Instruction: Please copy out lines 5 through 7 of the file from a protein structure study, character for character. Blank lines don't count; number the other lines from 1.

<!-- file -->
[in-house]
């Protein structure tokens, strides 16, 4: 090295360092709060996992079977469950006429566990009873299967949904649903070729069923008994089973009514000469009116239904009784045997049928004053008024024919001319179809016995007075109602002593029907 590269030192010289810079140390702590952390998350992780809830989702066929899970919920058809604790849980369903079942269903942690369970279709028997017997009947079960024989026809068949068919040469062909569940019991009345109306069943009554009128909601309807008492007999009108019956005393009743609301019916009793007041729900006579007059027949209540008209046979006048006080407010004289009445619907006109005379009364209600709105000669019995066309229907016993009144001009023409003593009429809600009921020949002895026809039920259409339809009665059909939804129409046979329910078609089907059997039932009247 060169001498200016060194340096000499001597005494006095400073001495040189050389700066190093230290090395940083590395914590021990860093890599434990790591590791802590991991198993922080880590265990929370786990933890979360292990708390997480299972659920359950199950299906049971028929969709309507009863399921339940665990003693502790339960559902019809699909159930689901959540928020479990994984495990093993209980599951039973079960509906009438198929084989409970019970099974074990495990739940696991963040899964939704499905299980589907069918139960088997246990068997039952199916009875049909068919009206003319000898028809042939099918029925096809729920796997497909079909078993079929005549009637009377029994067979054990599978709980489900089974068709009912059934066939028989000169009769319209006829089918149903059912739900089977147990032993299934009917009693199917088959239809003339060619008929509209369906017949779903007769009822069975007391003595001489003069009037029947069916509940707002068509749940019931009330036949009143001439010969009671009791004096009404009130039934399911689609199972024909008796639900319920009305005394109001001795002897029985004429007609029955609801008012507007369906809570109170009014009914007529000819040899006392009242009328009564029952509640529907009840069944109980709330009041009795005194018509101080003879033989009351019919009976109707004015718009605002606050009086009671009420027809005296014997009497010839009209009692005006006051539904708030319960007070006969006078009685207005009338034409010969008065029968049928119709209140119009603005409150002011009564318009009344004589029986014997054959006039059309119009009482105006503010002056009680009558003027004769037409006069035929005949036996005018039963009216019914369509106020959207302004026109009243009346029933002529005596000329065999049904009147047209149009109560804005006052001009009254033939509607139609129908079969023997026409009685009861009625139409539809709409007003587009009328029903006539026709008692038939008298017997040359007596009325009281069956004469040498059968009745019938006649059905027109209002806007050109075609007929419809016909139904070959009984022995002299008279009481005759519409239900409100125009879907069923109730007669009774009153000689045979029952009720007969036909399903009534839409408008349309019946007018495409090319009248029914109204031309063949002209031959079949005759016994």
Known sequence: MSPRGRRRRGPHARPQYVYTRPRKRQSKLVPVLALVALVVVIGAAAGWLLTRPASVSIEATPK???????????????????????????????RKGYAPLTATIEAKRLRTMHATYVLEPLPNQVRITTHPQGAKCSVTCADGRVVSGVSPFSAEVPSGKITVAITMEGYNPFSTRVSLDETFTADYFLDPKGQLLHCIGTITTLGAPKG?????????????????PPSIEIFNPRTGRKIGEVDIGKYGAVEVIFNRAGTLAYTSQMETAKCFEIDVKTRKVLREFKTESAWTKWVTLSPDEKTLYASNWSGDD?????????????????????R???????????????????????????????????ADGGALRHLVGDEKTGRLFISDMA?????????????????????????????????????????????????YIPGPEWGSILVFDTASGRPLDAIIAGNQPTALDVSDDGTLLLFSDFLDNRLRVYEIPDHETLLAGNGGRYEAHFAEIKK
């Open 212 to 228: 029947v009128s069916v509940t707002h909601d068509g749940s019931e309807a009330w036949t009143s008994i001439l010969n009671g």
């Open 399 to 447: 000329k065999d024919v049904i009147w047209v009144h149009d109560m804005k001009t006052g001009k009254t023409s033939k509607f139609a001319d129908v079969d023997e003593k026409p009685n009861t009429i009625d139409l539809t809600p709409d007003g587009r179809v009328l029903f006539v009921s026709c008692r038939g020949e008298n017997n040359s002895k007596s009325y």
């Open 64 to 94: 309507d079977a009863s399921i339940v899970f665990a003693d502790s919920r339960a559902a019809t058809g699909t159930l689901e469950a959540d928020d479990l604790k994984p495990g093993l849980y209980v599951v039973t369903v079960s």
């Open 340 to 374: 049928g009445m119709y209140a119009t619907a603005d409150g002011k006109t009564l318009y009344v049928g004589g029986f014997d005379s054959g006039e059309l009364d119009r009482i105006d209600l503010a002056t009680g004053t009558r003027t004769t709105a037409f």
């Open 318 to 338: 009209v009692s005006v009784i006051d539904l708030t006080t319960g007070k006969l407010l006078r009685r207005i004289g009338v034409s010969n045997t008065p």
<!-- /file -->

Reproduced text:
């Open 399 to 447: 000329k065999d024919v049904i009147w047209v009144h149009d109560m804005k001009t006052g001009k009254t023409s033939k509607f139609a001319d129908v079969d023997e003593k026409p009685n009861t009429i009625d139409l539809t809600p709409d007003g587009r179809v009328l029903f006539v009921s026709c008692r038939g020949e008298n017997n040359s002895k007596s009325y």
């Open 64 to 94: 309507d079977a009863s399921i339940v899970f665990a003693d502790s919920r339960a559902a019809t058809g699909t159930l689901e469950a959540d928020d479990l604790k994984p495990g093993l849980y209980v599951v039973t369903v079960s």
């Open 340 to 374: 049928g009445m119709y209140a119009t619907a603005d409150g002011k006109t009564l318009y009344v049928g004589g029986f014997d005379s054959g006039e059309l009364d119009r009482i105006d209600l503010a002056t009680g004053t009558r003027t004769t709105a037409f």